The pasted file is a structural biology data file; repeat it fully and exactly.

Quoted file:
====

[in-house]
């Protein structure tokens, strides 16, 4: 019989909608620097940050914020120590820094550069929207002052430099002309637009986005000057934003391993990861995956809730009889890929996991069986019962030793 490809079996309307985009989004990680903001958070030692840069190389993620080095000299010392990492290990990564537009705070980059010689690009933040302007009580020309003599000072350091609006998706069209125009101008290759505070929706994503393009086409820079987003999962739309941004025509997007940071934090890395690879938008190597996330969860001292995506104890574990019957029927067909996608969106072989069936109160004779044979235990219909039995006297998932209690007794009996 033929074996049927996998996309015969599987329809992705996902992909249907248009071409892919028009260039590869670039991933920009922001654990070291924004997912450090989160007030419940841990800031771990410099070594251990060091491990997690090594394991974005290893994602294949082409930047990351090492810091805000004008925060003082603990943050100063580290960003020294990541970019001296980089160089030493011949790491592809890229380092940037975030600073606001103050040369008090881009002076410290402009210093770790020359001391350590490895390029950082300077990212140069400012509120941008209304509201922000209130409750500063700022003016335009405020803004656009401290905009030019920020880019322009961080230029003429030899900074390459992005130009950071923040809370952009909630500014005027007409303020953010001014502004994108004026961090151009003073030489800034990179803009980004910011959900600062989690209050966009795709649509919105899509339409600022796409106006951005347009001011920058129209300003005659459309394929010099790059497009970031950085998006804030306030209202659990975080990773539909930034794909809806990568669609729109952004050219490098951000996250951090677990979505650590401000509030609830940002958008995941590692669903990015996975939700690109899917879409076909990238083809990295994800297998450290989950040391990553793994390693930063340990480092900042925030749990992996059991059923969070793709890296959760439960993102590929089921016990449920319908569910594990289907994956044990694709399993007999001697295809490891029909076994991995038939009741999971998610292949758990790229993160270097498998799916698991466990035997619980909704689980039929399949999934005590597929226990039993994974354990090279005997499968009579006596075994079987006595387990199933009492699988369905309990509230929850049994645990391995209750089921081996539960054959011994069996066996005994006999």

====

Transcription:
[in-house]
């Protein structure tokens, strides 16, 4: 019989909608620097940050914020120590820094550069929207002052430099002309637009986005000057934003391993990861995956809730009889890929996991069986019962030793 490809079996309307985009989004990680903001958070030692840069190389993620080095000299010392990492290990990564537009705070980059010689690009933040302007009580020309003599000072350091609006998706069209125009101008290759505070929706994503393009086409820079987003999962739309941004025509997007940071934090890395690879938008190597996330969860001292995506104890574990019957029927067909996608969106072989069936109160004779044979235990219909039995006297998932209690007794009996 033929074996049927996998996309015969599987329809992705996902992909249907248009071409892919028009260039590869670039991933920009922001654990070291924004997912450090989160007030419940841990800031771990410099070594251990060091491990997690090594394991974005290893994602294949082409930047990351090492810091805000004008925060003082603990943050100063580290960003020294990541970019001296980089160089030493011949790491592809890229380092940037975030600073606001103050040369008090881009002076410290402009210093770790020359001391350590490895390029950082300077990212140069400012509120941008209304509201922000209130409750500063700022003016335009405020803004656009401290905009030019920020880019322009961080230029003429030899900074390459992005130009950071923040809370952009909630500014005027007409303020953010001014502004994108004026961090151009003073030489800034990179803009980004910011959900600062989690209050966009795709649509919105899509339409600022796409106006951005347009001011920058129209300003005659459309394929010099790059497009970031950085998006804030306030209202659990975080990773539909930034794909809806990568669609729109952004050219490098951000996250951090677990979505650590401000509030609830940002958008995941590692669903990015996975939700690109899917879409076909990238083809990295994800297998450290989950040391990553793994390693930063340990480092900042925030749990992996059991059923969070793709890296959760439960993102590929089921016990449920319908569910594990289907994956044990694709399993007999001697295809490891029909076994991995038939009741999971998610292949758990790229993160270097498998799916698991466990035997619980909704689980039929399949999934005590597929226990039993994974354990090279005997499968009579006596075994079987006595387990199933009492699988369905309990509230929850049994645990391995209750089921081996539960054959011994069996066996005994006999």